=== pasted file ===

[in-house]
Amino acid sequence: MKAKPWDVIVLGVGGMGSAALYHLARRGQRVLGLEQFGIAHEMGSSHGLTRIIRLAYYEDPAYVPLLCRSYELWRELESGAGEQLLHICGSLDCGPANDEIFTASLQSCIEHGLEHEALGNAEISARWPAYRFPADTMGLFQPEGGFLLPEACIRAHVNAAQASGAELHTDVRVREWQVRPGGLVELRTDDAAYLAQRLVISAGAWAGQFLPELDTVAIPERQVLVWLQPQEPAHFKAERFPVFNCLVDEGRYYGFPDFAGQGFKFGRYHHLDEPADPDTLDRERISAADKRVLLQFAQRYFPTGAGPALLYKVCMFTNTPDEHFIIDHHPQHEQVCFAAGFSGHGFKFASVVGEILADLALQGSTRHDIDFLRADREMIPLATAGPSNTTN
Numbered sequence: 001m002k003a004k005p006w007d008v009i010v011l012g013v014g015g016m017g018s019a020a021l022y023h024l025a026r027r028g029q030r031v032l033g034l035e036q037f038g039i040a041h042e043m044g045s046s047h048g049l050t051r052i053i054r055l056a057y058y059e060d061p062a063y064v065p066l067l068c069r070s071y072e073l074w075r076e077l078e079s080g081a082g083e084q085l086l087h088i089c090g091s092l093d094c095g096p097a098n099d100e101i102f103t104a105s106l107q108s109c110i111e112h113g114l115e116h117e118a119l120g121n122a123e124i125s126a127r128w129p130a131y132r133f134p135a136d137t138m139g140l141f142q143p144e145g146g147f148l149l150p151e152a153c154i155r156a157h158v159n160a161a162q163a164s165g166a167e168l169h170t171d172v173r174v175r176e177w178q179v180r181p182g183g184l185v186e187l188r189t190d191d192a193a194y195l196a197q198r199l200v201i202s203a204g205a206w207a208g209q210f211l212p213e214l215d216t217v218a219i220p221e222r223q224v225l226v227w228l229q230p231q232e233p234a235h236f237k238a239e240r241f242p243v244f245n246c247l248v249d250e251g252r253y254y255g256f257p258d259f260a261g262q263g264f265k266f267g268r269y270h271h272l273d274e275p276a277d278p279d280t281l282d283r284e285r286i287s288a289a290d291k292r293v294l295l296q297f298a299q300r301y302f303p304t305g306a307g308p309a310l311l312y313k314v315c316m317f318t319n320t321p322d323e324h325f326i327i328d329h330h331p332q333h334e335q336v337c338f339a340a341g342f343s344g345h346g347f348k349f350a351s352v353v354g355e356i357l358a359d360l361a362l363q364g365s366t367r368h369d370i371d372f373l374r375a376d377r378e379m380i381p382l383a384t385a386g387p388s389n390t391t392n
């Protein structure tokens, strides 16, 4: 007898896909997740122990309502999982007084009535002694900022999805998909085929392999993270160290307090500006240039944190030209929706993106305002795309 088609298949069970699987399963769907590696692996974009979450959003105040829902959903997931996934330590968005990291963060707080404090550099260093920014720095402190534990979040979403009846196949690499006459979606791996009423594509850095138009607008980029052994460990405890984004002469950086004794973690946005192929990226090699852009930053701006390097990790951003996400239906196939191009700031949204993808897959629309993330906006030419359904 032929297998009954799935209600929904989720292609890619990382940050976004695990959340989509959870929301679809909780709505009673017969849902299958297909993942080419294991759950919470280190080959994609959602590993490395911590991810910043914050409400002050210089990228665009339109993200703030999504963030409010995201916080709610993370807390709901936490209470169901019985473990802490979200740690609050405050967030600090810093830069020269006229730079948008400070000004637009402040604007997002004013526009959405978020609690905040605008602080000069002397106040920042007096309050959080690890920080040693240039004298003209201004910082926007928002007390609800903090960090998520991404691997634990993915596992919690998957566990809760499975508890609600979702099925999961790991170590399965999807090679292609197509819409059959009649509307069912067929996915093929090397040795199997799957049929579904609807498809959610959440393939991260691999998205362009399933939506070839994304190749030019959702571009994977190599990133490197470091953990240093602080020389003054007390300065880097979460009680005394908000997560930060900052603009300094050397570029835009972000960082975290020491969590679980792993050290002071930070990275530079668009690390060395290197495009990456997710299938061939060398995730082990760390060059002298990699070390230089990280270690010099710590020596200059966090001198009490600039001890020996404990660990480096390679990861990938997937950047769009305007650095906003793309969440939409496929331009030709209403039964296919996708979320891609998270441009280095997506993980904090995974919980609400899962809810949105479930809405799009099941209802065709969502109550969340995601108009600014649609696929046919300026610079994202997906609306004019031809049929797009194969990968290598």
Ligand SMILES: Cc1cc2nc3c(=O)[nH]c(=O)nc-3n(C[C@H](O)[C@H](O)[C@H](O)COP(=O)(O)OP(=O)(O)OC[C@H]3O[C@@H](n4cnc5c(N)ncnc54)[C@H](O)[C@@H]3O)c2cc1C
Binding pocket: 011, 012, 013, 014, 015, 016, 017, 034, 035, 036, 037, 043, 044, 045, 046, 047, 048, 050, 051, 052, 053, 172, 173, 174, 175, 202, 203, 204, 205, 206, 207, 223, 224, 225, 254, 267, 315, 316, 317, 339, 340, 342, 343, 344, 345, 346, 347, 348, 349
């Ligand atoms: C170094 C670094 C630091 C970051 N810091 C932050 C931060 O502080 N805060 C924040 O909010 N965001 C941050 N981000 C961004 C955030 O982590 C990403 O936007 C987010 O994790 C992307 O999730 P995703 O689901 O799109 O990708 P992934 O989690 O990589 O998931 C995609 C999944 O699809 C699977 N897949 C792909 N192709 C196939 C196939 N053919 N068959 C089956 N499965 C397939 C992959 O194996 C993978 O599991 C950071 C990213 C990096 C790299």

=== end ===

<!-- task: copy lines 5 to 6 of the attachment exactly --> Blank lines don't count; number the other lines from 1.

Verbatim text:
Ligand SMILES: Cc1cc2nc3c(=O)[nH]c(=O)nc-3n(C[C@H](O)[C@H](O)[C@H](O)COP(=O)(O)OP(=O)(O)OC[C@H]3O[C@@H](n4cnc5c(N)ncnc54)[C@H](O)[C@@H]3O)c2cc1C
Binding pocket: 011, 012, 013, 014, 015, 016, 017, 034, 035, 036, 037, 043, 044, 045, 046, 047, 048, 050, 051, 052, 053, 172, 173, 174, 175, 202, 203, 204, 205, 206, 207, 223, 224, 225, 254, 267, 315, 316, 317, 339, 340, 342, 343, 344, 345, 346, 347, 348, 349